BEBINGER: If Christina took a lethal dose of fentanyl, it will knock her out fast. At Renae's, Christina will not have to worry about being raped or robbed if she nods off. After five minutes or so, the two women stand, hug, and Renae walks Christina to her ride.
RENAE: This is seriously all it takes to keep somebody alive. People die of overdoses using by themselves.
BEBINGER: Renae says she's reversed about 30 overdoses in the past few years, doing her part to tackle a grim fact. Most people found dead after an overdose were alone. In Renae's home, there are some rules. Do not show up unannounced. Never leave drugs behind. And people have to take turns.
RENAE: I mean. I can't revive that one person at a time. I'm good, but I ain't that good.
BEBINGER: The American Medical Association and other leading health care groups have endorsed overdose prevention sites, but supporters in almost every state are afraid to open them under current drug laws. Some lawmakers, police and prosecutors pushed to ban these sites, saying they increase violence and property crimes, although studies show this has not occurred at the two sites in the U.S. Opponents also argue that people with an addiction should be sent to treatment, not a place that enables drug use. Renae says people will use, safe space or not.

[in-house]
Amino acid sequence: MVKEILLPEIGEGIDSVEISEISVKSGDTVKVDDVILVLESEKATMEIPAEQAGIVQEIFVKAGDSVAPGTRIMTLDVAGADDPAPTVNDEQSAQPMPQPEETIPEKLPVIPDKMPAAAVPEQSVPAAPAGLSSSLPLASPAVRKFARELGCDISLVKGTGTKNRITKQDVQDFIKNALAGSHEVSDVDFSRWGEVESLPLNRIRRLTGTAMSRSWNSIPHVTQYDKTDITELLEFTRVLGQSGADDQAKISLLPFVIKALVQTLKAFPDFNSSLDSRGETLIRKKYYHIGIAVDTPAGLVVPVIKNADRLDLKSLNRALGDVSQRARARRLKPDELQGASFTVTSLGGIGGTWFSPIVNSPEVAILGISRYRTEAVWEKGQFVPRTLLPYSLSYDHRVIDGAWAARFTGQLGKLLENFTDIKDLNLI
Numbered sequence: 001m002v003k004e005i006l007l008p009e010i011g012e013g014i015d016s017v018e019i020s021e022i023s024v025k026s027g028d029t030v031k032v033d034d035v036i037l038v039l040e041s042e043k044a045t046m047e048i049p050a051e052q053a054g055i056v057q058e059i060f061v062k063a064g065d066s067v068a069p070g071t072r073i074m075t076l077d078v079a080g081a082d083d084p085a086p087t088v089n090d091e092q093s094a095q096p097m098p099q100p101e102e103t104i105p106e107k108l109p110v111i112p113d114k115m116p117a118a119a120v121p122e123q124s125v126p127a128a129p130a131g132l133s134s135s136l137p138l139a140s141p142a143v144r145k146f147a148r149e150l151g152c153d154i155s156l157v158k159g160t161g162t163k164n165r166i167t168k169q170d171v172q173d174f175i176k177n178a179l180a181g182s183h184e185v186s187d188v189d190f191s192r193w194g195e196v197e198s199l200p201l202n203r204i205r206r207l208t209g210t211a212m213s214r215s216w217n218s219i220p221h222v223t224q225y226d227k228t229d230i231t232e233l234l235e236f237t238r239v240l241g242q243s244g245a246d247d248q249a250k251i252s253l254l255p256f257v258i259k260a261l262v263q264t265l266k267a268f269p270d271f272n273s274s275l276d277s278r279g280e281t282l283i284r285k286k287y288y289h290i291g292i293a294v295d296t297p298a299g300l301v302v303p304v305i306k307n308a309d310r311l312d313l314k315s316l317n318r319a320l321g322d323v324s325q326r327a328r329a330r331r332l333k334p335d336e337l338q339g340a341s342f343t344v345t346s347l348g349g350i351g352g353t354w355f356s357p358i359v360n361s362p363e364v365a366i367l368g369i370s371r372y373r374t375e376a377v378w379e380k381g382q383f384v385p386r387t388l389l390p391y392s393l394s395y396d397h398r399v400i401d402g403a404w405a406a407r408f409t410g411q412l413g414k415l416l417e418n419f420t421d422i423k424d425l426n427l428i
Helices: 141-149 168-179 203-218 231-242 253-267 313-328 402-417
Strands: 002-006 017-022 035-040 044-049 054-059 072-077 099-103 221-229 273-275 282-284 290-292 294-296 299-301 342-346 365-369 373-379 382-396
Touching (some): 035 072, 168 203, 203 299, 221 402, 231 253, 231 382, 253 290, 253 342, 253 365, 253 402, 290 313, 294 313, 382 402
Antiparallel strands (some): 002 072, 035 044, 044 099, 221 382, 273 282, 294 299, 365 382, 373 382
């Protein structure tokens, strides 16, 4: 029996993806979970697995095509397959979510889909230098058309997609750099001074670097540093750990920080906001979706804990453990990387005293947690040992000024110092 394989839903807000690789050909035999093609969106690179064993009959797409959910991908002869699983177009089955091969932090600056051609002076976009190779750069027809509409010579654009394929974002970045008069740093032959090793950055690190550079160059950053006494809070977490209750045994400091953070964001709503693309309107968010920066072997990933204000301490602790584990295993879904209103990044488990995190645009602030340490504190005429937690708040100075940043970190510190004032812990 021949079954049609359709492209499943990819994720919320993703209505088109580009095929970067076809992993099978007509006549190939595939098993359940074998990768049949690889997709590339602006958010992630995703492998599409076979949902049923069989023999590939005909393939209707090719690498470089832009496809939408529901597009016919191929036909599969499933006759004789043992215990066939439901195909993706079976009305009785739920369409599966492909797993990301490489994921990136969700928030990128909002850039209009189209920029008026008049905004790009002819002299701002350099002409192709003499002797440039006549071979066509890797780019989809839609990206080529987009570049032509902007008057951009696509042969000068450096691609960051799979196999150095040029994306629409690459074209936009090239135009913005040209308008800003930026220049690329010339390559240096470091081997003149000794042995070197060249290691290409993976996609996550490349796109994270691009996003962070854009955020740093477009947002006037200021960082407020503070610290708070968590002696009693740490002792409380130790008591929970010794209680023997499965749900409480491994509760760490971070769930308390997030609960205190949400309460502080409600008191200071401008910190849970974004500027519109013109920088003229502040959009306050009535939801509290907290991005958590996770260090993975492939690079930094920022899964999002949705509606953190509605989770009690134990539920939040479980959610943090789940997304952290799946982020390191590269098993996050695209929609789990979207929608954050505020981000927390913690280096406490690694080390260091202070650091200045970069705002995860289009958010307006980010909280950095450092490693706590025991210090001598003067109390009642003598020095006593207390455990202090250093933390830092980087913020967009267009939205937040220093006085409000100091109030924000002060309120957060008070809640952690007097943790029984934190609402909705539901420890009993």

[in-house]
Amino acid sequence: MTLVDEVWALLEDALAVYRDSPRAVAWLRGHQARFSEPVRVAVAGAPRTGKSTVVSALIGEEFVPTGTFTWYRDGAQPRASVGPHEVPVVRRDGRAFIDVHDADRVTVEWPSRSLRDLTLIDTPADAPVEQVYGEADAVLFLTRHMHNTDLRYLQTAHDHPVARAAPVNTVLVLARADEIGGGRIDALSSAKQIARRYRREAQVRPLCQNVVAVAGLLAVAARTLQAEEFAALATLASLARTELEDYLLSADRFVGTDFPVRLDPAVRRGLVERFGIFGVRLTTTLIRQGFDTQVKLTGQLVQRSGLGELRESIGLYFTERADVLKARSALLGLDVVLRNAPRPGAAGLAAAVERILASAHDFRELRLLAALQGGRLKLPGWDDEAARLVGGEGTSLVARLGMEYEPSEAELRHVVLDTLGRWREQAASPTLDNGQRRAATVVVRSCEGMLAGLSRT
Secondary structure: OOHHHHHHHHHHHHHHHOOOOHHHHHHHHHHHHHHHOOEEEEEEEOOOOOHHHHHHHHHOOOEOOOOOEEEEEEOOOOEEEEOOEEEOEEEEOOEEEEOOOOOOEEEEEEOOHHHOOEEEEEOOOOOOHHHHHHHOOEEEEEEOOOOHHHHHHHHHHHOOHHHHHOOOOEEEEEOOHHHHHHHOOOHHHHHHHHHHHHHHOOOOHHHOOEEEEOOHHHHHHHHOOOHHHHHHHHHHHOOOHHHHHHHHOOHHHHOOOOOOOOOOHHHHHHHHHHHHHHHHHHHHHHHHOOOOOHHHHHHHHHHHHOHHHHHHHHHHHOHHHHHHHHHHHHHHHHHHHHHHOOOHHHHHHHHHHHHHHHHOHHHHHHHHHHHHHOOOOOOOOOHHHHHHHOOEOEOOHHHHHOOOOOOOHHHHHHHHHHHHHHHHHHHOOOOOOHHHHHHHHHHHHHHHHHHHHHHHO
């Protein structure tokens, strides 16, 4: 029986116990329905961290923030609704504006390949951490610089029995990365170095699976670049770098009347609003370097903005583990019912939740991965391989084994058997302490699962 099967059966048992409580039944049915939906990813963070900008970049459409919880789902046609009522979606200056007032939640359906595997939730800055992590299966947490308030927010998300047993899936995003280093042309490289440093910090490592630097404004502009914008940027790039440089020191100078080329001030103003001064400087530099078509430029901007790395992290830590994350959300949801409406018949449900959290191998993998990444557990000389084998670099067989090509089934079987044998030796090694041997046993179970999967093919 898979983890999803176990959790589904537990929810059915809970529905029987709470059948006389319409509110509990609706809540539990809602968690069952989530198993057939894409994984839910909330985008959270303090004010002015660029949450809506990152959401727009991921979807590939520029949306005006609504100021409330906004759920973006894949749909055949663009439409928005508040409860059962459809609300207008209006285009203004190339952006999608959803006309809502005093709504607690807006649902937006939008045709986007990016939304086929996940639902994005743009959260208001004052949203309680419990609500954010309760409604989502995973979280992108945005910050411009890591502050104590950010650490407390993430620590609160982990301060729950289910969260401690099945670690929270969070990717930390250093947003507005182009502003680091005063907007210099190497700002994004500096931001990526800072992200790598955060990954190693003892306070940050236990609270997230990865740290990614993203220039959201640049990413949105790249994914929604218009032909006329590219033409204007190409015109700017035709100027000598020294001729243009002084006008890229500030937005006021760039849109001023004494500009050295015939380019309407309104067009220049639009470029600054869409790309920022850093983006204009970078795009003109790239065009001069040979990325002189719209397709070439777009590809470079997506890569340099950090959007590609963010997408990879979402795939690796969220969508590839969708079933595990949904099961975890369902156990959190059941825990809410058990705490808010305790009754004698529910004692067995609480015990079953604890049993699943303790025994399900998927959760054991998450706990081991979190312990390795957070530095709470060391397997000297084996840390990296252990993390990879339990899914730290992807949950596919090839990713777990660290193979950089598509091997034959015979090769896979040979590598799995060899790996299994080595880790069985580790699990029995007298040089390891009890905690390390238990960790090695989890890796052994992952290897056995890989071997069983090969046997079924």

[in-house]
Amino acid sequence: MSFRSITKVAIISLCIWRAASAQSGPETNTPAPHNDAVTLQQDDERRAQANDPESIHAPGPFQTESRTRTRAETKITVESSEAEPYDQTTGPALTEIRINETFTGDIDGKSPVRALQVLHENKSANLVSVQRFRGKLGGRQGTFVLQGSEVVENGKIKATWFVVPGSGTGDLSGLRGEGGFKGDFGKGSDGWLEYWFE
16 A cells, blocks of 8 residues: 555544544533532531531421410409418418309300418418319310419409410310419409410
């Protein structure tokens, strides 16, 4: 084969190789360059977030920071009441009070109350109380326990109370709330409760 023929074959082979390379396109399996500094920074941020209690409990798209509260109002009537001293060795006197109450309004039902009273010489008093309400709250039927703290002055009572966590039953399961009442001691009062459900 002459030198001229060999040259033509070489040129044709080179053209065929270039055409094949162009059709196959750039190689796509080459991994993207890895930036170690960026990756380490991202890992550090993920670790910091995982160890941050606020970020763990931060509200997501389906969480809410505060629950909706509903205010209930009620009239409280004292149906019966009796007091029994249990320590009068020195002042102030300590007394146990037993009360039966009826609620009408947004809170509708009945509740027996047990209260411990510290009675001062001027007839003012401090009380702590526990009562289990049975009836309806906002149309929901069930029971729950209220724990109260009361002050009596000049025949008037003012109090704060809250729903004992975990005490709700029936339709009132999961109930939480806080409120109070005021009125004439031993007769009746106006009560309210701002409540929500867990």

RENAE: I enable them to leave of their own volition and not on an ambulance, gurney or in a body bag. That's what I enable.
BEBINGER: Renae doesn't just enable people to survive their addiction. She also offers treatment. Sometimes that starts here, too, in her backyard.
RENAE: You can get your car and drive it behind the shed and pull it right back here.
BEBINGER: A, a working mom who Renae's known for years, arrives just to pick up clean needles and naloxone. A tells Renae she's trying to wean herself off fentanyl, only injecting once or twice a day, just enough to prevent full withdrawal.
A: I used to not be sick.